Review – Three Parts Dead by Max Gladstone

A young woman in private practice after being cast out of the academy in disgrace, is hired by a partner in a major firm to assist in a post bankruptcy restructuring of a global entity, but a range of opponents both old and new are arrayed against her. Oh and the practice is wizardry, the academy was above the clouds, and the entity being restructured is a god.

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Review – Rivers of London Series by Ben Aaronovitch

A member of the filth finds his calling as the police’s newest, and nearly only, wizard.

Peter Grant is not your typical urban fantasy protagonist. For starters he’s a cop, and an extremely junior one at that. More importantly, at the beginning of the series, not a very good cop: better than a hanger, but lacking in the instincts and discipline that would make him stand out. He’s also black, which matter less then it might have in the past, but certainly carries varying degrees of baggage in the Police, London, and England respectively.

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Hugo Awards Extravaganza 2017 – John W. Campbell Award for Best New Writer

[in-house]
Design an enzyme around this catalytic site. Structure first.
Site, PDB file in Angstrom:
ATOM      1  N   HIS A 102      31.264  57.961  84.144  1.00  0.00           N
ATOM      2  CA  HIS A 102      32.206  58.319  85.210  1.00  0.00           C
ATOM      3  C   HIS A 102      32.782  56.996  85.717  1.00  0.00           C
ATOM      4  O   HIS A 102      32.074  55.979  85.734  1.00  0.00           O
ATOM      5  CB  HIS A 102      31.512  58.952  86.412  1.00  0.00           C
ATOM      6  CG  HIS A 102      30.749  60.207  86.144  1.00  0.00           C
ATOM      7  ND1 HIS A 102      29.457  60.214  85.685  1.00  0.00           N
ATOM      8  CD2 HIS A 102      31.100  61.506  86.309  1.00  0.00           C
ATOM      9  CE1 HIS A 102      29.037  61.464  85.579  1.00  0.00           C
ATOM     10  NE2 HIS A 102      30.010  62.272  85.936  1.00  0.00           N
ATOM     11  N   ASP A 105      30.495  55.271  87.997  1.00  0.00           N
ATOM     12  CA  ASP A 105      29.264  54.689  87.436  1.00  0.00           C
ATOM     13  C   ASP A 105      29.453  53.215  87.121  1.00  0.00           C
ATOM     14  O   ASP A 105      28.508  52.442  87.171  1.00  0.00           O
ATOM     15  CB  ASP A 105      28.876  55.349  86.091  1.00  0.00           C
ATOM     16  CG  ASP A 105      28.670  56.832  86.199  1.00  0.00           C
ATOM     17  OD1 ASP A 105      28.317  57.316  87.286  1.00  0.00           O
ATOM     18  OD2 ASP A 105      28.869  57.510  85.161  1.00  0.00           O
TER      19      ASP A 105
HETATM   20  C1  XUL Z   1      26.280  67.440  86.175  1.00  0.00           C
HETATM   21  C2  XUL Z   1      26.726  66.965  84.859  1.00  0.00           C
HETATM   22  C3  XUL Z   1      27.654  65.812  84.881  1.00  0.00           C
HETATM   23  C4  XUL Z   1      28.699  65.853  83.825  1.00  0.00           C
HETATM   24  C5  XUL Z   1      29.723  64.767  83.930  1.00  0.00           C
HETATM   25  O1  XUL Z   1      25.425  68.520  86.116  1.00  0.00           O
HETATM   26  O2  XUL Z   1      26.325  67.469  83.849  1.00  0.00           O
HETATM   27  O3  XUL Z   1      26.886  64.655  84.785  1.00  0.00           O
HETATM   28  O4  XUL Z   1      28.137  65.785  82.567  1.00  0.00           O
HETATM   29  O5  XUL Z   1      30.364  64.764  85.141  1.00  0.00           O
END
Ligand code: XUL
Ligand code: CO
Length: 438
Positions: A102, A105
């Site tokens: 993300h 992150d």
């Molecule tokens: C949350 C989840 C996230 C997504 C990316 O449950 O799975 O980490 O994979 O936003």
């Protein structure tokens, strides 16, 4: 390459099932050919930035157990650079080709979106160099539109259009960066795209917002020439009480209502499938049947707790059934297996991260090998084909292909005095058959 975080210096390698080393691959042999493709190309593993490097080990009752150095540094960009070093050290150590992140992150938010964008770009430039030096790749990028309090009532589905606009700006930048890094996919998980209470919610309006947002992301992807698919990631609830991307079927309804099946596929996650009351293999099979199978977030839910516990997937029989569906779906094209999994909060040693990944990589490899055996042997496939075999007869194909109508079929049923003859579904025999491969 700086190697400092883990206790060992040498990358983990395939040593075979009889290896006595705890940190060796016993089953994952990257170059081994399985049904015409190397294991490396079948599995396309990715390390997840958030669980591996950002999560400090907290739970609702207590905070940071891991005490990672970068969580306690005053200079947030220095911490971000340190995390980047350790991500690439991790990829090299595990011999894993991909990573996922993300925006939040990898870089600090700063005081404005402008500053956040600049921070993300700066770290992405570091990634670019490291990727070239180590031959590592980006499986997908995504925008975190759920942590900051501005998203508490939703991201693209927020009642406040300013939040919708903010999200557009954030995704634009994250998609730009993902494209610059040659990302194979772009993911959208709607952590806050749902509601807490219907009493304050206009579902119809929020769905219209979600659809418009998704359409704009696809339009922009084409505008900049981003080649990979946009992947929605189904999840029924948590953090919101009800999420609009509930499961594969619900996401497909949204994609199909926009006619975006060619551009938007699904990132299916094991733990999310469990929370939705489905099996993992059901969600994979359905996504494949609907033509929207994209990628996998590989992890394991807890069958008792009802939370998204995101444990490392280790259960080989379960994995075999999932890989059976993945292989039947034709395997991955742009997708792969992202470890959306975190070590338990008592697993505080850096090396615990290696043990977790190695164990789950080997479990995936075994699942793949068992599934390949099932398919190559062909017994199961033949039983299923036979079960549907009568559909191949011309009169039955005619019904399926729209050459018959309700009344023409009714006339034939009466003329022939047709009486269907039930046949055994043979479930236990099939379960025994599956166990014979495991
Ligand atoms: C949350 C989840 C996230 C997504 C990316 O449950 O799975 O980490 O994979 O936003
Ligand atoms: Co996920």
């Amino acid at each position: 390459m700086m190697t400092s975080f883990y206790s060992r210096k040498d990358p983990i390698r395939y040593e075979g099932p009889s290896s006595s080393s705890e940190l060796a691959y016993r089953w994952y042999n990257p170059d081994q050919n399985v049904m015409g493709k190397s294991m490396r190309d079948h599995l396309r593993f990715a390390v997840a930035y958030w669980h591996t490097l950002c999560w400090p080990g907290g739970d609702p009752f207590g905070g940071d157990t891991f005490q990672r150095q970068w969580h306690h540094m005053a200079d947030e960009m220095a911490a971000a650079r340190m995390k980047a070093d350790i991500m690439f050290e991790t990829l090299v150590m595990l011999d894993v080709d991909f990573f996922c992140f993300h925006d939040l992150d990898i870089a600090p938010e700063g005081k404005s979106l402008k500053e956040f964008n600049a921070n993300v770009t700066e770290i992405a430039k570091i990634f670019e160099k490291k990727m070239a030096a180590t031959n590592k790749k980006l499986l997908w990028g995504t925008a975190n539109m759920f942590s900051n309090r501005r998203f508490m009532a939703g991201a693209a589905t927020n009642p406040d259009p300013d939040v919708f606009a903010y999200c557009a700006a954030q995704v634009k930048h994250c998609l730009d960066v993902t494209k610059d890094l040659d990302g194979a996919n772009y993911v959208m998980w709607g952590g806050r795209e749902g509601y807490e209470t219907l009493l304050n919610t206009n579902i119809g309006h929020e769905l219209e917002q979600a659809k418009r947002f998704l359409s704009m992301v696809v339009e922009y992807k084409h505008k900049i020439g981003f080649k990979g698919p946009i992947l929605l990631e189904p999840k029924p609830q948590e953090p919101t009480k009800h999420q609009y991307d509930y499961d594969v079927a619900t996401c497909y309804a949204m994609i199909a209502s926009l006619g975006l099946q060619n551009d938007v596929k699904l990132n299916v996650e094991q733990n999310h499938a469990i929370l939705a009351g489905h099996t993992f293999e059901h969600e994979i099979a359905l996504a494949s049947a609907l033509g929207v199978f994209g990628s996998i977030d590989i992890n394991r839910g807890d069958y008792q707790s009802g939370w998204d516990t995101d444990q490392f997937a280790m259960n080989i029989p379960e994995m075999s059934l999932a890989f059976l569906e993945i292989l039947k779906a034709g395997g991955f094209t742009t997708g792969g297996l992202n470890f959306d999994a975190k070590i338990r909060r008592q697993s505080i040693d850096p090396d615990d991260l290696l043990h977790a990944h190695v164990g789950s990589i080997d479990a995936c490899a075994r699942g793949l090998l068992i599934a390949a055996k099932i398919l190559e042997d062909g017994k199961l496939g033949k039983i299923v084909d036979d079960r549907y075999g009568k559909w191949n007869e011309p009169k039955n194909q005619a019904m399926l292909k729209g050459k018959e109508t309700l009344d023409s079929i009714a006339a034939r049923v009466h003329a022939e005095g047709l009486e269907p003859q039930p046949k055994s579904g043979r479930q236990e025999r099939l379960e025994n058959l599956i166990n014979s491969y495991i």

As mentioned before this is not strictly a Hugo category, it just uses the same voting system with the same electorate and is given out at the same time. It’s also an odd duck, as novels duke it out with short stories and mixtures of both. Still, the Campbell Award often ends up being my favourite slate – in previous years I have preferred the novels represented here to those in the novel category.

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Review – The Collapsing Empire by John Scalzi

I loved Old Man’s War, became increasingly disillusioned as the series went on, then jumped off the Scalzi train with Redshirts, which was a great idea of a book that I just hated. Still, my residual goodwill for that first book was enough to get me to try his new space opera, and while not an instant classic like Old Man’s War, this was a thoroughly enjoyable book.

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Review – Gridlinked by Neal Asher

This should have been a slam dunk: an intergalactic agent fights terrorists and negotiates with aliens while accompanied by a pet shuriken at the behest of an immortal Japanese administrator working for a superintellegent AI. Furthermore it comes with an impressive pedigree, as the first of over a dozen polity novels by Neal Asher. Unfortunately it’s just kind of there, not bad, but inferior to similar books such as Altered Carbon or most of the Culture novels.

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